Southeast Asia can use a COVID-19 recovery to become global sustainable energy hub


As the world continues to deal with the ongoing impacts of the COVID-19 pandemic, a new guide from Sustainable Energy for All (SEforALL) shows that Southeast Asian countries can jumpstart their economic recovery and advance the region’s clean energy transition by increasing investment in clean energy.

According to the Recover Better with Sustainable Energy Guide for Southeast Asian Nations that was released today by SEforALL, Southeast Asia has the opportunity to become a global sustainable energy hub and build on strong progress in closing remaining energy access gaps, improving energy efficiency and increasing deployment of renewable energy.

However, the guide also highlights the potential impact of the pandemic to stall or even reverse strong regional sustainable energy progress and why countries should prioritize investing in sustainable energy as part of their recovery plans in order to create jobs, drive economic growth and increase resilience. This investment will also support achieving Sustainable Development Goal 7 (SDG7) - access to affordable, reliable, sustainable and modern energy for all by 2030.

While Southeast Asia has done well in closing electricity access gaps, significant efforts are still needed to connect remote populations and to close clean cooking access gaps. The clean cooking challenge remains an elusive issue for the region, with 218 million people still without access today.

This investment also makes economic sense for countries. By acting on the enabling measures put forward in the Recover Better guide, they can benefit from increased GDP. If countries in Southeast Asia invest USD 27 billion annually to achieve the Association of Southeast Asian Nations (ASEAN) Renewable Energy target of 23 percent by 2025, it is estimated it will create an added annual GDP of USD 25 billion. Increasing investments can further enhance and strengthen regionalization of upstream and downstream manufacturing value chains in the region and elevate the region’s status in the global transition.

An ambitious Recover Better strategy will also help create new jobs. It is estimated that, if achieved, the current renewable energy policies and targets in Southeast Asia can generate 1.7 million jobs by 2030. Globally, for every USD 10 million invested in renewable energy and energy efficiency, it is estimated 2 to 2.5 times more jobs are created than investing the same amount into the fossil fuel industry.

“COVID-19 has changed the world as we know it. The booming economic growth story of Southeast Asia has been put on hold by the ongoing pandemic. To reignite growth, countries should seize this unique, once in a generation opportunity to ‘Recover Better’ by investing in sustainable energy for all as they rebuild their economies from the impact of the pandemic”, said Damilola Ogunbiyi, CEO and Special Representative of the UN Secretary-General for Sustainable Energy for All and Co-Chair of UN-Energy.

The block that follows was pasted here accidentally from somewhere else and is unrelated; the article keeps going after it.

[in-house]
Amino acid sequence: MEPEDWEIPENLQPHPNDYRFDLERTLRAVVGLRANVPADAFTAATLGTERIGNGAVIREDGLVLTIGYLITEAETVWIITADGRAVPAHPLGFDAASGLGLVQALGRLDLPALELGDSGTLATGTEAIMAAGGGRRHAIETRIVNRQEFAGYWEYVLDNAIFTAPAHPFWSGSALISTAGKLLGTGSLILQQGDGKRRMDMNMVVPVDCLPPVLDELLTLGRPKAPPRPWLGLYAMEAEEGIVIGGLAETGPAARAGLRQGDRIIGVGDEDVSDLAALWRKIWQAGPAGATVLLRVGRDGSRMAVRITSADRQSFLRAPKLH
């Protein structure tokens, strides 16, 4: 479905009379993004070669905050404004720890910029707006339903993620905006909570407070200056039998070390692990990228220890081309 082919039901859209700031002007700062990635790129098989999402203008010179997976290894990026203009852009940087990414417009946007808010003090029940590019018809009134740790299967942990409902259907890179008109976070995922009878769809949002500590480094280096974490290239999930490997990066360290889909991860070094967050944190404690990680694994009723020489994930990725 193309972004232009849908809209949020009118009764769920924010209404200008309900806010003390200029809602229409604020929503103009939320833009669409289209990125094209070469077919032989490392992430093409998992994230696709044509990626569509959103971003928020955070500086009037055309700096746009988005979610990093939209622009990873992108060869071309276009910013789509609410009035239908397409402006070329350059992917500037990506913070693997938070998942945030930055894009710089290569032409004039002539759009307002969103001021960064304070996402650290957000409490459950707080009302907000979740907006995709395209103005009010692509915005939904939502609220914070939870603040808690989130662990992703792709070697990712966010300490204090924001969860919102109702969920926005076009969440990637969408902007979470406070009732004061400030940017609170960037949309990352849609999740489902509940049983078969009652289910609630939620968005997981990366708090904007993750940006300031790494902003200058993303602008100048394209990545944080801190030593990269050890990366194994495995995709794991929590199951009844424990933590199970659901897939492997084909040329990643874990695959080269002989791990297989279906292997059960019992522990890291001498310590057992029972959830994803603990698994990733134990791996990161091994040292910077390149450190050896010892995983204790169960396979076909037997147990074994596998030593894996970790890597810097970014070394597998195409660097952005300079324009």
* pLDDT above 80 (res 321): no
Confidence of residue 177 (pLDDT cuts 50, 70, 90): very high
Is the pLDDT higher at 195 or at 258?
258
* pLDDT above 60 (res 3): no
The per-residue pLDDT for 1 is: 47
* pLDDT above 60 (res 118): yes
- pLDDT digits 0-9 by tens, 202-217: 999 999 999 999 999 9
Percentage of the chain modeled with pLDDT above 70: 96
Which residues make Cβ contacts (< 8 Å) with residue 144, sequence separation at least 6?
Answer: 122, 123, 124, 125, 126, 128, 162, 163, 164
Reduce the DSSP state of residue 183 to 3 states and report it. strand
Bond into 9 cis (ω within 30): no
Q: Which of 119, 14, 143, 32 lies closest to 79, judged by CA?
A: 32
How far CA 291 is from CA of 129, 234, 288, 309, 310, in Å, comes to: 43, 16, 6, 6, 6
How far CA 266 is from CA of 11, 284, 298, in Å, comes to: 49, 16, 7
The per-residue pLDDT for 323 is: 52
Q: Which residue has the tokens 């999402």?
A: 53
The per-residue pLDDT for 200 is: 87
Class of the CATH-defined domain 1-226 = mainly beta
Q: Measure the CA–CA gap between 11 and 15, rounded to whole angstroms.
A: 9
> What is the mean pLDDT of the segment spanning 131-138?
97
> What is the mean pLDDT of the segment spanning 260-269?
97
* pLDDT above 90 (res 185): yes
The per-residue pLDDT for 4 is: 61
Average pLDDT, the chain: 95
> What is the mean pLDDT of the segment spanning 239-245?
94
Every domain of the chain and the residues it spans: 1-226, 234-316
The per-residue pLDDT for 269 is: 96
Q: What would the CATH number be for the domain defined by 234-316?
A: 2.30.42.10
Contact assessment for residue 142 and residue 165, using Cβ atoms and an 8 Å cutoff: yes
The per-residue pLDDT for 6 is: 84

“Clean energy access will unleash a range of economic, employment, commercial, health, and gender benefits to Southeast Asian countries and their citizens.”

Speaking on the role of Southeast Asia in the global energy transition, the ASEAN Centre for Energy (ACE) said, “ASEAN has tripled the renewables installed capacity since 2005, and it will keep increasing due to the tremendous potential, policy support and the rising investment.”

Launched during Singapore International Energy Week, the guide offers countries a set of enabling policy measures to adopt in their pandemic recovery and to channel stimulus packages towards.

For Southeast Asia, this includes:

  • Energy efficiency: Southeast Asia has vast untapped energy efficiency investment potential of USD 400 billion yet to be realized, with only a few countries making positive progress. Energy efficiency remains one of the quickest and cheapest ways for governments to help reinvigorate manufacturing and commerce as well as accelerate an economic recovery. Progress on efficiency will also support global climate goals.
  • Enhancing policy and regulatory frameworks: Countries should develop frameworks for both off-grid and on-grid renewable energy development, as well as support for enhanced regional energy cooperation and integration. The ASEAN cooperation framework is a well-established platform than can be further strengthened and supported to promote sustainable energy in the region.
  • Invest in people: A Recover Better strategy should be underpinned with an investment into human capital and the skills to meet the booming job potential in sustainable energy.

If enacted, these enabling measures will help lead to cheaper energy provision, a better environment, and improved agriculture, gender and health outcomes. This reset can also spark progress at the speed and scale needed to meet SDG7 and help put the global economy on a trajectory in line with the Paris Agreement and Sustainable Development Goals. Read the guide in full here.

SEforALL has developed the Recover Better series to support countries as they continue to develop their post COVID-19 recovery plans and stimulus packages. The guide is part of a series that includes guides for countries in Africa and the Caribbean. 

Photo credit: Asian Development Bank